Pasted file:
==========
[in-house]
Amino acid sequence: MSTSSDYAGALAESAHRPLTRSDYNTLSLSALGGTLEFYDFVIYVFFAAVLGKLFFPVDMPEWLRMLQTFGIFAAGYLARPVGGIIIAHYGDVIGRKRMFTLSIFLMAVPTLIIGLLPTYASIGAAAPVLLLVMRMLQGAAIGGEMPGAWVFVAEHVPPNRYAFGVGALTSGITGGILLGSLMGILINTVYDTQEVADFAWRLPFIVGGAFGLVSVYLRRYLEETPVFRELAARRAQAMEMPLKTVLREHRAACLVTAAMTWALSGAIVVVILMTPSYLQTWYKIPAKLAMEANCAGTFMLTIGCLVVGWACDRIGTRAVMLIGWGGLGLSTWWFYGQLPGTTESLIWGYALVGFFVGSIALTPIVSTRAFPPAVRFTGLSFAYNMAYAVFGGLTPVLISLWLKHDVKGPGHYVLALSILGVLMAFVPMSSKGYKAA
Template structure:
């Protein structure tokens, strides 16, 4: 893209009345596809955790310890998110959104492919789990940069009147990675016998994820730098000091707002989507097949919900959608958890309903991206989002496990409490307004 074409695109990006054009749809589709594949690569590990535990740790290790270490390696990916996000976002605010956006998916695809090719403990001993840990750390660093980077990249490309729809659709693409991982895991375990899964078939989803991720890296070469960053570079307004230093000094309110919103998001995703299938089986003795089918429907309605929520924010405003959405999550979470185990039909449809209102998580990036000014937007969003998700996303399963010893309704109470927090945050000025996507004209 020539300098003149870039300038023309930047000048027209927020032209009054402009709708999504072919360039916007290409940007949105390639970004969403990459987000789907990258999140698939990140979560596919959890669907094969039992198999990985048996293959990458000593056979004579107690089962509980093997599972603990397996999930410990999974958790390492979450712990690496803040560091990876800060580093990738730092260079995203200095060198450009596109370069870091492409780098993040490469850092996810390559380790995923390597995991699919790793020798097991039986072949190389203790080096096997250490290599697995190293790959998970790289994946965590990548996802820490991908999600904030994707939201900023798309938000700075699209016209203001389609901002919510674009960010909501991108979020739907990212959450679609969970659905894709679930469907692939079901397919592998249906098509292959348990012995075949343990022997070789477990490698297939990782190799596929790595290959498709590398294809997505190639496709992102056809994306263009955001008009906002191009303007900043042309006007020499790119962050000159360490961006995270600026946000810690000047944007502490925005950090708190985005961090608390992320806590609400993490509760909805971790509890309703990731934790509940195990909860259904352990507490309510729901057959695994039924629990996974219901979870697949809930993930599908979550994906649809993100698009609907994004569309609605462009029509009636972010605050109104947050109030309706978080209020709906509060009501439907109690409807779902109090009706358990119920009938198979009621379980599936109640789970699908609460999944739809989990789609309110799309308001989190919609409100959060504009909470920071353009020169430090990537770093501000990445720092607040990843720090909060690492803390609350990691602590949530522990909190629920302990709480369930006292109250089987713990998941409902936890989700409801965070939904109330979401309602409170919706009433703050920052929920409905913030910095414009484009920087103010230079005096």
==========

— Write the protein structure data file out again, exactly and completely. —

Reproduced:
[in-house]
Amino acid sequence: MSTSSDYAGALAESAHRPLTRSDYNTLSLSALGGTLEFYDFVIYVFFAAVLGKLFFPVDMPEWLRMLQTFGIFAAGYLARPVGGIIIAHYGDVIGRKRMFTLSIFLMAVPTLIIGLLPTYASIGAAAPVLLLVMRMLQGAAIGGEMPGAWVFVAEHVPPNRYAFGVGALTSGITGGILLGSLMGILINTVYDTQEVADFAWRLPFIVGGAFGLVSVYLRRYLEETPVFRELAARRAQAMEMPLKTVLREHRAACLVTAAMTWALSGAIVVVILMTPSYLQTWYKIPAKLAMEANCAGTFMLTIGCLVVGWACDRIGTRAVMLIGWGGLGLSTWWFYGQLPGTTESLIWGYALVGFFVGSIALTPIVSTRAFPPAVRFTGLSFAYNMAYAVFGGLTPVLISLWLKHDVKGPGHYVLALSILGVLMAFVPMSSKGYKAA
Template structure:
């Protein structure tokens, strides 16, 4: 893209009345596809955790310890998110959104492919789990940069009147990675016998994820730098000091707002989507097949919900959608958890309903991206989002496990409490307004 074409695109990006054009749809589709594949690569590990535990740790290790270490390696990916996000976002605010956006998916695809090719403990001993840990750390660093980077990249490309729809659709693409991982895991375990899964078939989803991720890296070469960053570079307004230093000094309110919103998001995703299938089986003795089918429907309605929520924010405003959405999550979470185990039909449809209102998580990036000014937007969003998700996303399963010893309704109470927090945050000025996507004209 020539300098003149870039300038023309930047000048027209927020032209009054402009709708999504072919360039916007290409940007949105390639970004969403990459987000789907990258999140698939990140979560596919959890669907094969039992198999990985048996293959990458000593056979004579107690089962509980093997599972603990397996999930410990999974958790390492979450712990690496803040560091990876800060580093990738730092260079995203200095060198450009596109370069870091492409780098993040490469850092996810390559380790995923390597995991699919790793020798097991039986072949190389203790080096096997250490290599697995190293790959998970790289994946965590990548996802820490991908999600904030994707939201900023798309938000700075699209016209203001389609901002919510674009960010909501991108979020739907990212959450679609969970659905894709679930469907692939079901397919592998249906098509292959348990012995075949343990022997070789477990490698297939990782190799596929790595290959498709590398294809997505190639496709992102056809994306263009955001008009906002191009303007900043042309006007020499790119962050000159360490961006995270600026946000810690000047944007502490925005950090708190985005961090608390992320806590609400993490509760909805971790509890309703990731934790509940195990909860259904352990507490309510729901057959695994039924629990996974219901979870697949809930993930599908979550994906649809993100698009609907994004569309609605462009029509009636972010605050109104947050109030309706978080209020709906509060009501439907109690409807779902109090009706358990119920009938198979009621379980599936109640789970699908609460999944739809989990789609309110799309308001989190919609409100959060504009909470920071353009020169430090990537770093501000990445720092607040990843720090909060690492803390609350990691602590949530522990909190629920302990709480369930006292109250089987713990998941409902936890989700409801965070939904109330979401309602409170919706009433703050920052929920409905913030910095414009484009920087103010230079005096």